ALWAYS use a spoolie (brow comb) to brush your brows after pencilling as this softens the pencil so you don't look like you have drawn them on (no scouse brows). These favourites are all retractable which is perfect, no need for sharpeners, and they all glide on and LAST. Except the MAC and Clinique ones (keep up guys), they all come with a spoolie on the other end which is genius for throwing in your handbag, one less thing to carry and more hygenic.

Please note these pencils are perfect for serious filling in, if you have great brows (lucky you) my preferred way of defining them is with an angled brush and matching eyeshadow, that is a much softer and flattering look.

To buy in America go here:

* Ps. if you ever see me in person the best thing you can say to me is your eyebrows look great.

You can follow me on Twitter here and Instagram here (@anniemakeup).



I feel like chemicals in deodorants are well known to be a cause of Breast Cancer, but maybe a lot of people don't know that since the number of affordable chemical-free deodorants is extremely low compared to the amount of 'supermarket' deodorants, and not that easy to find. Aluminium is the main chemical that many companies are starting to omit from their deodorants (Sanex for example), but it's not just Aluminium you want to avoid. I have the BRCA1 gene, which statistically means I am rather likely to get breast cancer at some point, so I am quite fanatical about what I eat (see my Instagram for lots of no-sugar and non-processed recipes) and I don't want to use a deodorant with any chemicals increasing my breast cancer risk. But I also don't want to smell, which is why it has become my life's mission to find a natural deodorant that works as well as my brilliant Dove dry stick.

I will say the results have not been good. While I never usually write about bad products (this blog is only about sharing the great and good) I'm going to add every natural deodorant I try and say truthfully whether it worked or not. I will continue to add to the list as my hunt goes on, we only need one good one and I'm still hopeful! 

I'm not a particularly smelly person so the first test for every deodorant is just doing regular house stuff on a day off, nothing too strenuous. If they pass, the next test is a regular work day (leaving the house, using public transport, changing temperatures, running from the makeup room to set etc). If they pass that then the final test is a full work day plus a hard HIT gym session. I will continue to update this list so please come back and check, and if you have any recommendations for me to try let me know!

1. Soap Walla Deodorant Cream (£12.95/$14)
The best so far, this deodorant is fantastic and passes every test. It was recommended to me by a very hairy guy and he has never had a problem with smelling so I think the rest of us are safe. An excellent product, it does exactly what you need it to, however it's the worst design ever made. It comes as a cream in a pot so you have to use your fingers to get it out which I hate. I have to then go back in the bathroom to wash my hands which sucks in the morning rush, and it takes tons of soap to get off your fingers. Plus it gets under your nails when you get it out the small pot, wasting so much product. I have tweeted and emailed this small company numerous times to ask/beg them to make it in a stick format and they have never replied, not a fan of poor customer service. If this came in a stick form it would be the worlds best deodorant. It's also ridiculously pricey for a deodorant.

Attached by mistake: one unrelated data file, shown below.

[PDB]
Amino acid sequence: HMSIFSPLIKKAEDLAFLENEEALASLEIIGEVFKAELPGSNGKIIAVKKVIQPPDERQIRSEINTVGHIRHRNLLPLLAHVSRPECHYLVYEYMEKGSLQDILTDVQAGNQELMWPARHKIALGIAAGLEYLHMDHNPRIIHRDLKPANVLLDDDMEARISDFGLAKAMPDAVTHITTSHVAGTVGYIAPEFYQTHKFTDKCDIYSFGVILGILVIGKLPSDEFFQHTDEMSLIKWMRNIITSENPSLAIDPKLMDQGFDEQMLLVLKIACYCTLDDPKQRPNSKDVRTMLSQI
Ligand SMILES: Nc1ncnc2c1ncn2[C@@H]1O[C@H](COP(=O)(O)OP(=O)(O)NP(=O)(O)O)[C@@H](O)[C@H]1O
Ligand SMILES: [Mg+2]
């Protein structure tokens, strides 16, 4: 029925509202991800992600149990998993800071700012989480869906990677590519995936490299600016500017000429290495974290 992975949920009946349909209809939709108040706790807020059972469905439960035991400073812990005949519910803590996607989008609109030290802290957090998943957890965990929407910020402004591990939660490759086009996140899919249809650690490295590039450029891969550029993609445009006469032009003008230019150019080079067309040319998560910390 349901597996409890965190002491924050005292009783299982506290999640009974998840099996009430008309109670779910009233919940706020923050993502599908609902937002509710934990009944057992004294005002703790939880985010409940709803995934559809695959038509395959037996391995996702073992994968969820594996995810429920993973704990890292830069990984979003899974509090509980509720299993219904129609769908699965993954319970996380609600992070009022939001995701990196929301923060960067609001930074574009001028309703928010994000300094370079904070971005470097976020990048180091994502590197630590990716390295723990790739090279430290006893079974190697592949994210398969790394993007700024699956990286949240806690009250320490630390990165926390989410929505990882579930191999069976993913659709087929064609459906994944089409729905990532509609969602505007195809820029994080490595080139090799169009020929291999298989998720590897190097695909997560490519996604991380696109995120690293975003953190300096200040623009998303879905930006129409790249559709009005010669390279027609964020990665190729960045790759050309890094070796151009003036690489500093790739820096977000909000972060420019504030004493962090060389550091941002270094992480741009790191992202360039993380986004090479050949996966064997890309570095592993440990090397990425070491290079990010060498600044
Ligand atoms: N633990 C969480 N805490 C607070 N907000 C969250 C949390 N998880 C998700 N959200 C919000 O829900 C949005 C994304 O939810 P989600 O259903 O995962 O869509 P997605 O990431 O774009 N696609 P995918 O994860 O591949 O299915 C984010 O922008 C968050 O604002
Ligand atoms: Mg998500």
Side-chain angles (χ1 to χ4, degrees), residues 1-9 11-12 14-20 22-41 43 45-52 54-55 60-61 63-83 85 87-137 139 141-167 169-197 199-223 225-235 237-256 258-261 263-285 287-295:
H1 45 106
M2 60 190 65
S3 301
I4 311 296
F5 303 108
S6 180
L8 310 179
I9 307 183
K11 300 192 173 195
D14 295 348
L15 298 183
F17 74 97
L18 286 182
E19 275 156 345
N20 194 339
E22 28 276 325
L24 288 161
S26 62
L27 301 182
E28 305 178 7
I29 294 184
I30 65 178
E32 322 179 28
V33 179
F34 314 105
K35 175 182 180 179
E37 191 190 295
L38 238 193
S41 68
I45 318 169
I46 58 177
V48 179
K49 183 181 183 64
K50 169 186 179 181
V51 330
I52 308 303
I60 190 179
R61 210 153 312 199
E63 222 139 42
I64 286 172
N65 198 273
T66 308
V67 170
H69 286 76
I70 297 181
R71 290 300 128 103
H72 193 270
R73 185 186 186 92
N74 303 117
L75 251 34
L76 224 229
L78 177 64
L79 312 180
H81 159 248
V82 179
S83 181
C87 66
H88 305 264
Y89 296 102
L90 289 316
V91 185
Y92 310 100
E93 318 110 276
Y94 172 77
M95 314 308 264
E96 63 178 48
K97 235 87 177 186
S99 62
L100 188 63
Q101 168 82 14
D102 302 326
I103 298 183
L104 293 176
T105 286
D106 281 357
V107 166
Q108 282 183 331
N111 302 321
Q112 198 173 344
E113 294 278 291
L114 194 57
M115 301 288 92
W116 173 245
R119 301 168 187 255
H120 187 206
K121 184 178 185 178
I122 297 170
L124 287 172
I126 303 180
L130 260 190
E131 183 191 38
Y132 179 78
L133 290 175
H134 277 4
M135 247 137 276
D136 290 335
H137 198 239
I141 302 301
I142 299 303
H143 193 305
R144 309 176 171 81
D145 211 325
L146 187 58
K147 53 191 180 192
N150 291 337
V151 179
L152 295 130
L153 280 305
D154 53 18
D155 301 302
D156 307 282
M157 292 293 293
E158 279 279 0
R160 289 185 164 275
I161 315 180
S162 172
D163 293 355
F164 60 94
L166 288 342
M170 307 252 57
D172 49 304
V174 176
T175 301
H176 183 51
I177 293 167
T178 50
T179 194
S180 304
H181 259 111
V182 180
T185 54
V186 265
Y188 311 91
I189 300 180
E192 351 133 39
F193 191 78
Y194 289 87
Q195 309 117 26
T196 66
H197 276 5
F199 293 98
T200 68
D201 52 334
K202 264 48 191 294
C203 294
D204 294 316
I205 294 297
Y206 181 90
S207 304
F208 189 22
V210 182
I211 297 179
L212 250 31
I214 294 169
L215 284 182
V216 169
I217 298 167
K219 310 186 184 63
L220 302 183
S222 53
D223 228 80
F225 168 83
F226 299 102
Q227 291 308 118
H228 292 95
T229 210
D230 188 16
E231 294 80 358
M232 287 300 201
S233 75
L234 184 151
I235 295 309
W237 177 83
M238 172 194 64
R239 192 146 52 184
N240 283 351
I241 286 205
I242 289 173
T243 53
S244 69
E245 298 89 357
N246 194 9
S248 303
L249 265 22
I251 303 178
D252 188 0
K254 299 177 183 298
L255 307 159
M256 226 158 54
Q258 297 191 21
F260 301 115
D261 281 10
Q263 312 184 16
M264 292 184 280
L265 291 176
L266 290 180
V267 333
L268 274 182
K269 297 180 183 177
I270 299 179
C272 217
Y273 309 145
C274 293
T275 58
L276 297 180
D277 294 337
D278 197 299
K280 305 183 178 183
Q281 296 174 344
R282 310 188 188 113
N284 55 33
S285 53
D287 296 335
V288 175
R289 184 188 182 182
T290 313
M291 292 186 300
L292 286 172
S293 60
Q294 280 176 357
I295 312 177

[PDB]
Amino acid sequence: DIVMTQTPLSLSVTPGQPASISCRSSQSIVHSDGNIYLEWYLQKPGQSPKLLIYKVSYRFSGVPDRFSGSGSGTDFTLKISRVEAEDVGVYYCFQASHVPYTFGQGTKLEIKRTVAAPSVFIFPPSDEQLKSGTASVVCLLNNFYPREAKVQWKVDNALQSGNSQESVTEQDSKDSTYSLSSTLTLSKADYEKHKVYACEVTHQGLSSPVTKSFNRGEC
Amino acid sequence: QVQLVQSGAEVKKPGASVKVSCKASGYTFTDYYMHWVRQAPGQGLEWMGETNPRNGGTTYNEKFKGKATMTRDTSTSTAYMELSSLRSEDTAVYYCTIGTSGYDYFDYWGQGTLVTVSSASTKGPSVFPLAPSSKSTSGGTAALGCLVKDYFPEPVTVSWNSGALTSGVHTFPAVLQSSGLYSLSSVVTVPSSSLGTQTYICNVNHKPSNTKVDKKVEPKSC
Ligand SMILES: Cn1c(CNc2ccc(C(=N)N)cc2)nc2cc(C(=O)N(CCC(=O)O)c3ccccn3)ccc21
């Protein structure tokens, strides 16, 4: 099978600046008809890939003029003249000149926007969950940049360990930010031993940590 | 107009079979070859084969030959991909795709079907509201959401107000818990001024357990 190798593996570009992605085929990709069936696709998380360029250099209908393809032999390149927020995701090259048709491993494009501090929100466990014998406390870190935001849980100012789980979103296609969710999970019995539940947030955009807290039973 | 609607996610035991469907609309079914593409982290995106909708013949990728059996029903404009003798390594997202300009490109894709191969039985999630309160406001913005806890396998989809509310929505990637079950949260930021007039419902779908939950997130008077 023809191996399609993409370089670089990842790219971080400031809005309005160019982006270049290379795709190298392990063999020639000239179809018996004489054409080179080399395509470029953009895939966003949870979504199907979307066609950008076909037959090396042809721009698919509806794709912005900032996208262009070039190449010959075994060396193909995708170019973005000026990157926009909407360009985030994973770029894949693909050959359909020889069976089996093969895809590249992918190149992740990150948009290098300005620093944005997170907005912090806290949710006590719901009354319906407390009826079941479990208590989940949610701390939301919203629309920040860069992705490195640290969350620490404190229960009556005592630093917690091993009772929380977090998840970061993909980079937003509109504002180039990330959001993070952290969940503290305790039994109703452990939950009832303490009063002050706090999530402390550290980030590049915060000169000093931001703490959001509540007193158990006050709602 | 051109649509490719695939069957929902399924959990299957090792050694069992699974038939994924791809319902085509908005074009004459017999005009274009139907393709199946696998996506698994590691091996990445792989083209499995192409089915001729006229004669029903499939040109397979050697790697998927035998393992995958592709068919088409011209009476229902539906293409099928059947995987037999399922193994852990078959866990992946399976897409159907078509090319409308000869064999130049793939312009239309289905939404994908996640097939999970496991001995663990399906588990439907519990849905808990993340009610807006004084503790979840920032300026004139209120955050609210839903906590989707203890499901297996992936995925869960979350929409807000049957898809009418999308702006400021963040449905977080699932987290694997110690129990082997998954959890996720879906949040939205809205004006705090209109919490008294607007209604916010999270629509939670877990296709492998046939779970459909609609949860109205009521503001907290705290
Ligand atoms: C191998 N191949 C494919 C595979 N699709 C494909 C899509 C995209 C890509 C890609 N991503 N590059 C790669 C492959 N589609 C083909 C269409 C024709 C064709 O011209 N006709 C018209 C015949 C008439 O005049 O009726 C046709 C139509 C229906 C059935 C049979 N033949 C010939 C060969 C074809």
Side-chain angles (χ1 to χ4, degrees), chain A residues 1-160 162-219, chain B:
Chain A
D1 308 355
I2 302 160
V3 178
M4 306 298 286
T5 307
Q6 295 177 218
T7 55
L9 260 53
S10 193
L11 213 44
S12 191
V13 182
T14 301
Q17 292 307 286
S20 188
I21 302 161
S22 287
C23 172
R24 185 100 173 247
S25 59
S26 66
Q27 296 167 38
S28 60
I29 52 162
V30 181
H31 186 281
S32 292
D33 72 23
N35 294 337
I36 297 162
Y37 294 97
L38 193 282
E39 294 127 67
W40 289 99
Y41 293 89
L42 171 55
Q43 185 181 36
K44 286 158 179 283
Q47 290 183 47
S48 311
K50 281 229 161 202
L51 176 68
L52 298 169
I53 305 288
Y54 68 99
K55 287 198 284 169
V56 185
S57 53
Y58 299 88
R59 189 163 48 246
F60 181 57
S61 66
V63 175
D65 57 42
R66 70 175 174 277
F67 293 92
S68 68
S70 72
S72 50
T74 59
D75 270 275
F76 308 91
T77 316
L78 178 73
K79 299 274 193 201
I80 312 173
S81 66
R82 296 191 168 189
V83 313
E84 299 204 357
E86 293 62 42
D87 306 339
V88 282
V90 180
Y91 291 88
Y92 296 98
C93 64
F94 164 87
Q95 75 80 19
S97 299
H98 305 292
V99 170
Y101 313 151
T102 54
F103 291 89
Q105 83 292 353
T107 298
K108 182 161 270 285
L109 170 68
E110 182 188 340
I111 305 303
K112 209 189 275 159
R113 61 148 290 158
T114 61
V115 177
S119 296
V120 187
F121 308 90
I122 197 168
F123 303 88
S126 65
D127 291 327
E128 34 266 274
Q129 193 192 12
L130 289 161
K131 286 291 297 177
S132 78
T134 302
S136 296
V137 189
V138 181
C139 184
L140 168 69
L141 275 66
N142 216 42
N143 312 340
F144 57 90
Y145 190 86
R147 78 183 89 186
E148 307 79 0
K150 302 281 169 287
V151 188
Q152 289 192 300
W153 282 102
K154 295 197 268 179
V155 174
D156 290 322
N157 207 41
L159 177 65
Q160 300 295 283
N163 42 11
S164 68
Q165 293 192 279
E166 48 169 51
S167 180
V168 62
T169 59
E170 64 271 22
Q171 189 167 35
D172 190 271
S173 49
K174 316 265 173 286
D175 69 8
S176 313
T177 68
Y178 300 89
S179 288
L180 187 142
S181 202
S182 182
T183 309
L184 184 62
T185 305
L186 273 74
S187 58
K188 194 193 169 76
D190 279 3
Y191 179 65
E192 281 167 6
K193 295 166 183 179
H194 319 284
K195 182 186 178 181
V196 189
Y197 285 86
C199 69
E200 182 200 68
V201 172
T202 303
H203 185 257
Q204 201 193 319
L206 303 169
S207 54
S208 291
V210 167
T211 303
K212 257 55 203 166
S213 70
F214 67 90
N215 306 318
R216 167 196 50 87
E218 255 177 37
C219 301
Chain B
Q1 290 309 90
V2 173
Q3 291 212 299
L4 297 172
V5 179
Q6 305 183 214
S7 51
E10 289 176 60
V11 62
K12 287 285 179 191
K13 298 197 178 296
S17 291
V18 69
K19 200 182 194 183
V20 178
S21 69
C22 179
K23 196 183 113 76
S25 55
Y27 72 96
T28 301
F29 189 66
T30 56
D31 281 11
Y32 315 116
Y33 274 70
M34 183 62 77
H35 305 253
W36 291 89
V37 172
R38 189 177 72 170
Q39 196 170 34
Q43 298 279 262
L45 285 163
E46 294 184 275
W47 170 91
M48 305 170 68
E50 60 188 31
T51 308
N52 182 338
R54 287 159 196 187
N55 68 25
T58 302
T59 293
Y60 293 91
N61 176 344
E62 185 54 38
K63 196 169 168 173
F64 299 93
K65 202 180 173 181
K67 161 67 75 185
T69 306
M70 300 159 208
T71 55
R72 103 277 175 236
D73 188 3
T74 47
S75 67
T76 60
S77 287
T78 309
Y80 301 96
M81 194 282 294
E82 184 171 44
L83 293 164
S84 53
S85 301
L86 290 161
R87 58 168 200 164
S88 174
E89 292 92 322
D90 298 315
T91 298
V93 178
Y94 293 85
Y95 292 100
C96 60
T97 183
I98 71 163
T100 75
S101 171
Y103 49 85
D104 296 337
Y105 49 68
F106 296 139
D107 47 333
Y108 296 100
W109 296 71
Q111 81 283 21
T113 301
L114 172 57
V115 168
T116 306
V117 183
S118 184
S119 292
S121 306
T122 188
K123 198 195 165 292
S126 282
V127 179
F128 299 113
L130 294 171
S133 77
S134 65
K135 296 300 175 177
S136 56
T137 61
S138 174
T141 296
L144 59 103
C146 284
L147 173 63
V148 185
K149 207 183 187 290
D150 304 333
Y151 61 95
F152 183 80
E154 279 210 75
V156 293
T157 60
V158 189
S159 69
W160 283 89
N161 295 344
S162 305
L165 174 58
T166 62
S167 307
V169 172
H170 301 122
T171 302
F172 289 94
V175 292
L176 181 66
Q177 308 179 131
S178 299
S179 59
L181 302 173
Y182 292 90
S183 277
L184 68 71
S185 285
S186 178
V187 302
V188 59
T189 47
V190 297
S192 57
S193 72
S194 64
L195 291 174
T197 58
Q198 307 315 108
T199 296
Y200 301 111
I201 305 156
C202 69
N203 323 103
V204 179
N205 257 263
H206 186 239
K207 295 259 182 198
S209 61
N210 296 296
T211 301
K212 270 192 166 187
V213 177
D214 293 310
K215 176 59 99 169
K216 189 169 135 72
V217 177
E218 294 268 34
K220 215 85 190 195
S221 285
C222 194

2. L'Erbolario Meharees Crema Deodorant £8/$13

This is as good as Soap Walla (although I think Soap Walla is more hardcore in a sports situation), plus I love the smell but others may not as it is quite heady. It is also a cream that needs to be applied with fingers which I cannot stand. It does come in a tube so there is no wastage or stuck under nails but I hate I have to go back to the bathroom to wash my hands and it takes so much soap to remove. If they made this in a stick form it would be excellent. Again, so pricey for a deodorant.

3. Dermalogica Enviromental Control Deodorant £16.24/$22

I love Dermalogica, it's one of the best brands out there but not for deodorants. This gave me no protection for the first test of walking round my house. It does have a lot of very good reviews so maybe this was just me. Price is insane for a deodorant, although it's pretty big and would probably last a long time.

4. Melivita Purifying Deodorant 24 Hour Effectiveness £11

5. Melvita Sensitive Skin Deodorant £11
Melvita is a lovely brand, they make lots of fab products that I highly recommend, including the best smelling body oils in the entire world, but both their deodorants gave me no protection and failed the first test.

6. Le Couvent Des Minimes Everyday Natural Deodorant £7/£13.50

A very nice affordable French body and skincare brand, they do lovely gift sets and particularly great hand and feet creams for very dry skin. The deodorant gave no protection and failed the first test.

If you want to read my reviews of other great 100% natural products, click here.

Follow me on Twitter here and Instagram here (@anniemakeup).



I don't want to be overly dramatic but I think this must be the greatest stuff of dreams. I have said this just a few times on the blog, not many, and I stand by each one.. this is one of the best products I have ever used, it is truly amazing and everyone should have it. I talked about Viridian products before, they are a wonderful family owned-and-run company that I discovered on my 100% natural products search. They have a large range of award-winning pure vitamins, beauty oils, and speciality supplements (go here to see more about the company and some of my other Viridian favourites).

This Rose oil is a mix of the best oils you can use for your skin in their purest form. The ingredients are wonderful oils to use alone if you wanted to, especially Rosehip, Neroli and Vitamin E, however Viridan has made a wonderful mix that I cannot rave about enough. Blended for dry and dehydrated skin (which we ALL have unless you're drinking only 3 litres of pure water a day) and great for ageing skin, blemishes and acne, this premium organic ultimate oil is formulated without any synthetic fragrances or colourings and contains Rose and Neroli oil, among other oils, to restore elasticity and repair and firm dry, damaged and blemished skin. See below for the oil breakdown and benefits.*